Hunters have been called in to kill radioactive wild boars that have taken over towns evacuated during the Fukushima nuclear disaster before their residents return. Six years after Japan’s devastating earthquake and tsunami triggered a nuclear meltdown at the Fukushima Daiichi power plant, four evacuated towns have been declared safe. Read More
Vietnam is considering changing a law that restricts most families to two children. Although Vietnam’s limitation was never as strict as China’s, there have been reports of forced sterilisations of women after the birth of their third child and econmic restrictions to punish families for breaking the law.Read More
Since Tehran traffic authorities introduced alternate trafic restrictions, a new kind of traffic violation has been born — license-plate human camouflage. Private vehicles are allowed to run on the streets on alternate days depending on whether their licence plates end in even or odd numbers.Read More
Okunoshima, a small japanese island is occupied by hundreds of wild rabbits that roam the paths and approach tourists for food. Visitors are mobbed the moment they reach into a bag or rustle anything resembling paper. They are often more than willing to get on the ground to allow the rabbits to crawl over them.Read More
Every year, Shiite muslims observe Ashura by punishing themselves with acts of self-flagellation to mourn the death of the Prophet Muhammad’s grandson, Imam Hussein. Thousands of men and women, including children, perform this brutal practice in Lebanon, Bangladesh, Iraq, Pakistan, Myanmar and even Athens, Greece.Read More
In Mexico, drinkers can compete to see who can handle the highest voltage. The game is played competitively solo, although multiple people can play together by forming a human chain; touching hands, noses or any other piece of bare skin which will allow electricity to flow.Read More
In states where marijuana has been legalized, newspapers hire critics to review weed. Marijuana reviewers take notes as they try weed. The reviews begins with a physical description of the product as well as the smell and taste. It also describes the sound of the bud firing up and how the product made them feel.Read More
Some South Korean companies offer “death experiences” where you lay in a coffin, write out your will, and imagine what it’s like to die. The fake funeral experience is designed to curb high suicide rates. Before they climb into their coffins, they often watch videos of people facing adversity, such as a person born without limbs who has learned to swim or a cancer patient saying farewell to his family.Read More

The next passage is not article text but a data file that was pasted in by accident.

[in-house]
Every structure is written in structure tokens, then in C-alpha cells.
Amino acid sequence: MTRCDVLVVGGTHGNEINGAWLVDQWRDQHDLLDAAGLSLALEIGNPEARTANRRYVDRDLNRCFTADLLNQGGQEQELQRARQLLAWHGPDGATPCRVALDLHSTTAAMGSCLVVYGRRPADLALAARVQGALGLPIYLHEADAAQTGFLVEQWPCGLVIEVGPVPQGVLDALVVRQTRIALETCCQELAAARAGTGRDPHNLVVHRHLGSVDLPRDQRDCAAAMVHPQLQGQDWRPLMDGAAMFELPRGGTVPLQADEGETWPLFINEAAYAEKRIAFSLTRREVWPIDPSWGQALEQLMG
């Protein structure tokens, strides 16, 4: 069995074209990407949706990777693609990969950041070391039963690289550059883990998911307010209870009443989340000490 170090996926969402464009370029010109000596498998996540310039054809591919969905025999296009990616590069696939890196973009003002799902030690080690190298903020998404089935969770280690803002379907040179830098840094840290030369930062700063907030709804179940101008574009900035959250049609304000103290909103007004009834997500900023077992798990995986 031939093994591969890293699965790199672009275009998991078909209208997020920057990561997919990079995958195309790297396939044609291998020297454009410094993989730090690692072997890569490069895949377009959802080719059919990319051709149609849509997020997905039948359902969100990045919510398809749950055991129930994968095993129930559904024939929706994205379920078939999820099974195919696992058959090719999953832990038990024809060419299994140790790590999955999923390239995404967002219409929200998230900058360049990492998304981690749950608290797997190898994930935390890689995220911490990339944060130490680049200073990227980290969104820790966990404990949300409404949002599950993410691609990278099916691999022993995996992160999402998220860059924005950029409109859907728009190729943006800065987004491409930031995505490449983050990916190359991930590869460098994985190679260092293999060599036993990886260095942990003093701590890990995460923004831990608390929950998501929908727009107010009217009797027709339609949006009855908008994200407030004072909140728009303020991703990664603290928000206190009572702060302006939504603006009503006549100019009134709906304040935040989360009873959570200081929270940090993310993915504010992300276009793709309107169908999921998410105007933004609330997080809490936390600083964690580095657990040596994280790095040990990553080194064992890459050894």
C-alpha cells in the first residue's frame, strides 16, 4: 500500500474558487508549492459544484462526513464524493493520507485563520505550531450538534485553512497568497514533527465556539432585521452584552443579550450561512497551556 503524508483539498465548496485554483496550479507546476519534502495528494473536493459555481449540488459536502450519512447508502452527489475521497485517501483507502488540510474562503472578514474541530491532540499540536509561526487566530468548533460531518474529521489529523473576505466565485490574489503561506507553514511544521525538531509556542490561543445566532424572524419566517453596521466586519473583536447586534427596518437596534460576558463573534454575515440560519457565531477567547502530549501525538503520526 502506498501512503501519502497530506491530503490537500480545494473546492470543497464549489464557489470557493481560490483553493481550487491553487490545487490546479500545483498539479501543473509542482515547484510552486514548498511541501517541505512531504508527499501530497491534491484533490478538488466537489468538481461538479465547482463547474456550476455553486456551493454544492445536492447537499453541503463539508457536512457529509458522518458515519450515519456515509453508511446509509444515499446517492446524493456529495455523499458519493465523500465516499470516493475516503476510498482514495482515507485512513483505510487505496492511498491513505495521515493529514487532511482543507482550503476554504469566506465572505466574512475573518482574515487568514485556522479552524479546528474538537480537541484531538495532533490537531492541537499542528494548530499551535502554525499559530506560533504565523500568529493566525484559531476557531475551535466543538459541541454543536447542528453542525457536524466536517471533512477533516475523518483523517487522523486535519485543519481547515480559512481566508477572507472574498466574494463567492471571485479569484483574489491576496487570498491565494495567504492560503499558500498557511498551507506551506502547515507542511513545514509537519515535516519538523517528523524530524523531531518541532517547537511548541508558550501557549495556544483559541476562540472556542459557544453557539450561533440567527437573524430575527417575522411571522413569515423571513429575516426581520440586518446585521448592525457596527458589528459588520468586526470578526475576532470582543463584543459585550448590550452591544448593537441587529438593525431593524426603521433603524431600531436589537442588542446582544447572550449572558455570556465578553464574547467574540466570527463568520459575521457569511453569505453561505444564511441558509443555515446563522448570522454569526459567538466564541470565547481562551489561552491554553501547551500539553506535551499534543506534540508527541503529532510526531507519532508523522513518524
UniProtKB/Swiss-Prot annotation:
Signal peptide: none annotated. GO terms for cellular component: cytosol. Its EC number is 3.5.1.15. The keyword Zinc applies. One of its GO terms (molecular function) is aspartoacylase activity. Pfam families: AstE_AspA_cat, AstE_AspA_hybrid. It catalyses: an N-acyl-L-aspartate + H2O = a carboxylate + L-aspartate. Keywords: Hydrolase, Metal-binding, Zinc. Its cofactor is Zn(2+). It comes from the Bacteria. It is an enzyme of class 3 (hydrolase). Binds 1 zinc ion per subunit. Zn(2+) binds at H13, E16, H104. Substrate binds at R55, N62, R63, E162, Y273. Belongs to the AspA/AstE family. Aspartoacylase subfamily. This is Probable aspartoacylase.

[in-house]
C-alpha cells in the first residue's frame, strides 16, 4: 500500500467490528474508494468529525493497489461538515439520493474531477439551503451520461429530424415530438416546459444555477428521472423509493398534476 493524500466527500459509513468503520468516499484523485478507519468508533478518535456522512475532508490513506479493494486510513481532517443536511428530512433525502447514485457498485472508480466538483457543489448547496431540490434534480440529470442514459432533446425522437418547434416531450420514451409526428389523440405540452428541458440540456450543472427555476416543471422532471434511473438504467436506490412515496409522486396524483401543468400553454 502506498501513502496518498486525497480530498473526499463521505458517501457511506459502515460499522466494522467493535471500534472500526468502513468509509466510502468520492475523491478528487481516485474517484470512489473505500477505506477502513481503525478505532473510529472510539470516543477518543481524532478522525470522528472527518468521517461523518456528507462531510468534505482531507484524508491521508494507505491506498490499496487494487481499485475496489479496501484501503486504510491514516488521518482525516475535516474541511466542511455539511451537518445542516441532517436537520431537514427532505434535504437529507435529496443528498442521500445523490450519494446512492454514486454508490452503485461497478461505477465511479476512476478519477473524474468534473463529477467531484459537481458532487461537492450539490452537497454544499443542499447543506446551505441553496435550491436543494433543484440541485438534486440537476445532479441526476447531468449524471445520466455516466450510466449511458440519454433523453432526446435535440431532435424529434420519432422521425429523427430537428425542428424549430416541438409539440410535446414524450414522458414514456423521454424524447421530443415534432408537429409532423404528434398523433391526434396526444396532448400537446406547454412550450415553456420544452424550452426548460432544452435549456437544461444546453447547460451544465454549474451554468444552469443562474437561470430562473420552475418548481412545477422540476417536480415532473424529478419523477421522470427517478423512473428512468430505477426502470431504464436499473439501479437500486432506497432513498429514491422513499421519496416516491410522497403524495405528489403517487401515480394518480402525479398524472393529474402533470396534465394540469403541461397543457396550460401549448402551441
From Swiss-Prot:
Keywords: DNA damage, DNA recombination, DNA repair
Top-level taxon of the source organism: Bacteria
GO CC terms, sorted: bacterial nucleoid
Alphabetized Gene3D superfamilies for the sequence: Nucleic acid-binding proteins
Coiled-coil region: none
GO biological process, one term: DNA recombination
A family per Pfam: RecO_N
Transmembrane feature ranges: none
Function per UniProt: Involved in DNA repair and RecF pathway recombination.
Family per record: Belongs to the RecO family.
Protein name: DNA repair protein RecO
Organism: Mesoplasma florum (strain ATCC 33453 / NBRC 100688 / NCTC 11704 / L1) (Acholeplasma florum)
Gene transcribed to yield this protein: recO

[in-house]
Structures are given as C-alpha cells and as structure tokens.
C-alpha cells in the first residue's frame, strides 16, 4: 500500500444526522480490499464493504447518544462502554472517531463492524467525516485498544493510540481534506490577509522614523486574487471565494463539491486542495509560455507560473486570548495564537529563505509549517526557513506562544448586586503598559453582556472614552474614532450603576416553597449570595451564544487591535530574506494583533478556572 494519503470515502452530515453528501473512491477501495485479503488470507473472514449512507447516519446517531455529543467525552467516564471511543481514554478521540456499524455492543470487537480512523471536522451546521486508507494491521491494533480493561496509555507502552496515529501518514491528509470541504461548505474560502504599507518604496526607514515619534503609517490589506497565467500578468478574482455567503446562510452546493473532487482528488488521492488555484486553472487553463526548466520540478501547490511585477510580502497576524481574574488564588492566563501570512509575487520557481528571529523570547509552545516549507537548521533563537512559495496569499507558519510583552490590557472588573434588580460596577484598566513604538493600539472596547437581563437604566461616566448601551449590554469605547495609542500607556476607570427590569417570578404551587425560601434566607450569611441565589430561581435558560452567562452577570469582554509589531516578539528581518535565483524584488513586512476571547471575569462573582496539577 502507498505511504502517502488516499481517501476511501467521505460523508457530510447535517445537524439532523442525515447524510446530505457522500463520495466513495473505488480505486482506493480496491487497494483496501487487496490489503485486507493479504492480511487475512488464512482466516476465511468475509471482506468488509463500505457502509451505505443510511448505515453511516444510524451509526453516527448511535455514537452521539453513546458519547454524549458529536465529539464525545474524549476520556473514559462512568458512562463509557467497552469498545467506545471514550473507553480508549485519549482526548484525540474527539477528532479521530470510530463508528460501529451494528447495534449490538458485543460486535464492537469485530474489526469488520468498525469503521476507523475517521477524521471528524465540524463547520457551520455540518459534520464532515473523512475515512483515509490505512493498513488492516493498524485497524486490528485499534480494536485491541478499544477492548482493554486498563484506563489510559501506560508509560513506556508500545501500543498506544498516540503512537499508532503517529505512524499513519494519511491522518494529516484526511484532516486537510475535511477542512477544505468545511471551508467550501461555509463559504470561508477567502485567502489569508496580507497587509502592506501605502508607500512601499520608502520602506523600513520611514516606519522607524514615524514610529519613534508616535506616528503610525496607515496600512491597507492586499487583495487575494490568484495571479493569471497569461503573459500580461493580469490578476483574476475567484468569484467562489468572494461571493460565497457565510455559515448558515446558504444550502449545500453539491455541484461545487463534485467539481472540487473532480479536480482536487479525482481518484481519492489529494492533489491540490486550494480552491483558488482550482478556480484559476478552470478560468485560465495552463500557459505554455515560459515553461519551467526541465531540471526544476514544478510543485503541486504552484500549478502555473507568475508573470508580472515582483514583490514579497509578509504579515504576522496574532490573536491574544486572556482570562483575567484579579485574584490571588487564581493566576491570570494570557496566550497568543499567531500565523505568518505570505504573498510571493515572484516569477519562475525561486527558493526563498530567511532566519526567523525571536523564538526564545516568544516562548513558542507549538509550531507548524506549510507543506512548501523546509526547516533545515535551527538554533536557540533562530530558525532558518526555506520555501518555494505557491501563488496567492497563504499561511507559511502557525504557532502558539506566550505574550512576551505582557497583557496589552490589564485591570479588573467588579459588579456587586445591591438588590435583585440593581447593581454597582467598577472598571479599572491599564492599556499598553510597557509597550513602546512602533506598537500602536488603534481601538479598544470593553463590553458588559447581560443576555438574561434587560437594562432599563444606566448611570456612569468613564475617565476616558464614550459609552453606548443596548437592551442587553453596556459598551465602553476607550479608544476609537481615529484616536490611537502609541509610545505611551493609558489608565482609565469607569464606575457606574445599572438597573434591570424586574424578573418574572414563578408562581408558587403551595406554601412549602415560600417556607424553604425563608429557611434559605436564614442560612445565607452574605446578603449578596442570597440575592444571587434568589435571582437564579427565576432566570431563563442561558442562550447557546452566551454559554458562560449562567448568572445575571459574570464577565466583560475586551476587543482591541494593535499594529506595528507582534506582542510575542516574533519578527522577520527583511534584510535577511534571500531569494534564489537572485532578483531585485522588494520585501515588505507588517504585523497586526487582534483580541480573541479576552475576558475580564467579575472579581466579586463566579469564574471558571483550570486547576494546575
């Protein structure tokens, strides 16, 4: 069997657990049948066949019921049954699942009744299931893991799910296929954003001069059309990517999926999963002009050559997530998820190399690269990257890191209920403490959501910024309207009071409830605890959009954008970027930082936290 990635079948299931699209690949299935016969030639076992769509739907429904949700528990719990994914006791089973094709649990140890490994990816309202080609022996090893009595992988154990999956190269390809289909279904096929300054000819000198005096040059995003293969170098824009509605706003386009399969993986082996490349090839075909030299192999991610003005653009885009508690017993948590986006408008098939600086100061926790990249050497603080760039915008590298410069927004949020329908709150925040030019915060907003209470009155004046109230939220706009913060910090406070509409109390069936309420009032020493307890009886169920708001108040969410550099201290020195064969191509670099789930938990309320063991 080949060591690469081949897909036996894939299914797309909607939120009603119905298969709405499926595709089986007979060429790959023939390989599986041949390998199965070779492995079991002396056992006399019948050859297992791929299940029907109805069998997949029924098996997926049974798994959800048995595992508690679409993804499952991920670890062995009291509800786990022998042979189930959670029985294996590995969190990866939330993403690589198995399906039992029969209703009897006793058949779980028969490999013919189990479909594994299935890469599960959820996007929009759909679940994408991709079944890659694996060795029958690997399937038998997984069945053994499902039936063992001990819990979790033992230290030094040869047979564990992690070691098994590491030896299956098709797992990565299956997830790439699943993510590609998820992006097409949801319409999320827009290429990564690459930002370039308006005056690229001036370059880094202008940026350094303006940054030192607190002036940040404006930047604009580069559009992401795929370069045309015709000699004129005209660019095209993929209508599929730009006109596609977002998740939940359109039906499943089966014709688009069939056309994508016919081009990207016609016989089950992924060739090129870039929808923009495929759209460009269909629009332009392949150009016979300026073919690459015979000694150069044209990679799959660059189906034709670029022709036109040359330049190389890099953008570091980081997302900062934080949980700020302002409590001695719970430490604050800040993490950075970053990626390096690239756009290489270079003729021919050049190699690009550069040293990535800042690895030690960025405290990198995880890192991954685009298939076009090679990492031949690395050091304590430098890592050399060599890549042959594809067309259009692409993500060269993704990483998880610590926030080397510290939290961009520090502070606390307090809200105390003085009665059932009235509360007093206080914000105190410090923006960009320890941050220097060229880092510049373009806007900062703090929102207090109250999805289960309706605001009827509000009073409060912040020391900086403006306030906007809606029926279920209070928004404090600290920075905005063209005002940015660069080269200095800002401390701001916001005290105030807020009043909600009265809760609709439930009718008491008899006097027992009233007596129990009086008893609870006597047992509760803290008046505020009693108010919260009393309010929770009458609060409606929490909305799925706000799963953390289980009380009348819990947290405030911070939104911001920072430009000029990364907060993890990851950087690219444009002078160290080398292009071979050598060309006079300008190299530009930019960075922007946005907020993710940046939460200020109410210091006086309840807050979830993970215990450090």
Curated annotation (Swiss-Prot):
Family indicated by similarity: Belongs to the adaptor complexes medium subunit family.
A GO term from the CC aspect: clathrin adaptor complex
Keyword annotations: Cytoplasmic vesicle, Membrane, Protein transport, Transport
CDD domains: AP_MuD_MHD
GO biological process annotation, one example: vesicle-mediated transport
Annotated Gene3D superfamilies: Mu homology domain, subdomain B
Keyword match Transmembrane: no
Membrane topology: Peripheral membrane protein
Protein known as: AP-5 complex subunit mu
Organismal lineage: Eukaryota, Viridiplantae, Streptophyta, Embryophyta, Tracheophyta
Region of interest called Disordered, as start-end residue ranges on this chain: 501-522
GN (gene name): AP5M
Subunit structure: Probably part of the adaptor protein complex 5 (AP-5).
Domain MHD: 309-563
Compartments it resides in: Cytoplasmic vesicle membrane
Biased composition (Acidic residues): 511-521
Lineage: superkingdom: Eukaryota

A booming cottage industry has emerged as a byproduct of the migrant crisis in Turkey, the manufacturing of lifejackets that don’t work. Rather than buoyancy aids, some life jackets are stuffed with foam or sponge, materials that become heavy when soaked, and caused their wearers to sink. Read More
In Indonesia, some tire repairmen have for years being paying criminal gangs to throw nails onto the roads, to stimulate business. Nearly every day, they fill matchboxes and plastic bags with nails and metal scraps and deliberately drop them on busy streets during the early hours. Drivers then have to bring their cars in to the nearest roadside tire repairer where they are charged double for emergency roadside repair.
Already infamous for the widespread availability of fake stores like IKEA or Apple, counterfeiting in China has now been extended to fake banks. Branches of China Construction Bank or even Goldman Sachs complete with card readers, passbooks and ATMs had been set up before being shut down by authorities.Read More
Many Brazilian tribes require mothers to bury alive babies born with a physical defect, on beliefs that they have no souls. They are buried alive or are suffocated with leaves, poisoned or simply abandoned in the jungle. The motives of infanticide vary from tribe to tribe, as do the methods used to kill the babiesRead More
In China, hundreds of illegitimate schools voluntarily choose deceptive names that are similar to real, well-known universities. They attract students who scored poorly on the difficulct college entrance exam, despite having no licensing that allows them to even accept students, let alone reward degrees.Read More
Faced with one of the lowest income tax filing rates in the developed world, Pakistan’s largest city, Karachi, decided to hire transgender people to collect taxes. They are sent to the businesses or houses of debtors to embarrass tax debtors into paying up. Transgender people carry a social stigma and many turn to prostitution as a last resort. So, their presence cause great embarassment among debtors.